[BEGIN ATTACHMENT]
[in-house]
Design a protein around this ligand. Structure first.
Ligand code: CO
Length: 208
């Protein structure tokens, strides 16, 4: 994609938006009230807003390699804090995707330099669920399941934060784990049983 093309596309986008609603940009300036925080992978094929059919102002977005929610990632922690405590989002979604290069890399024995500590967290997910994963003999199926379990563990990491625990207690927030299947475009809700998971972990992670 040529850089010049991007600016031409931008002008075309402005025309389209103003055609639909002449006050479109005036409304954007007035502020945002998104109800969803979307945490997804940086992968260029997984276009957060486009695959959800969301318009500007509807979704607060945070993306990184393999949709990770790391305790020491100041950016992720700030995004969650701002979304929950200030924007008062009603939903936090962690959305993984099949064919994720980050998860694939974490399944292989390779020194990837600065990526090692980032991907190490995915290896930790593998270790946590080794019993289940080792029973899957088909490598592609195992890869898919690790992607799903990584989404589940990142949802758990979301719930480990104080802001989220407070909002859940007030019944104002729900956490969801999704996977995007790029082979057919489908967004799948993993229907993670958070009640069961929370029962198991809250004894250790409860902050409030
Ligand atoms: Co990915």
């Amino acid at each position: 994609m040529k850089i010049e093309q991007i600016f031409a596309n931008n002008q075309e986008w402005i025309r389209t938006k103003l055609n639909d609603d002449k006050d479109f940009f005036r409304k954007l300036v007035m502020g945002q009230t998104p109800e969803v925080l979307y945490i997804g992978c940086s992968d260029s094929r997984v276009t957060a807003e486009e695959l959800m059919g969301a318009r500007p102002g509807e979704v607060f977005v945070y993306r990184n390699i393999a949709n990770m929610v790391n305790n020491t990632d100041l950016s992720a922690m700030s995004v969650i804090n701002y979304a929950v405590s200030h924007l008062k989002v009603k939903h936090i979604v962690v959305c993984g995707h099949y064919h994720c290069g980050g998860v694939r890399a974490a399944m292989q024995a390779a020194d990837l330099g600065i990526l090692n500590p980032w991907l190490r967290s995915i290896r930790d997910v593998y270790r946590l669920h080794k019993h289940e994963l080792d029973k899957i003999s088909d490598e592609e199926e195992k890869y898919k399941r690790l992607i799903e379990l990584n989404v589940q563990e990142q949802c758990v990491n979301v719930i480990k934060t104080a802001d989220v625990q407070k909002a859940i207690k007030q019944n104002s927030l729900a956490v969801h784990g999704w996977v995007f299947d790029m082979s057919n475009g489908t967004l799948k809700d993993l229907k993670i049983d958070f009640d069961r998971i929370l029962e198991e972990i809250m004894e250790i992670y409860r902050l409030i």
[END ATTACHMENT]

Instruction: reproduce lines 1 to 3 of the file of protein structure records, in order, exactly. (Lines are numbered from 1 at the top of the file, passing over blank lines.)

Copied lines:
[in-house]
Design a protein around this ligand. Structure first.
Ligand code: CO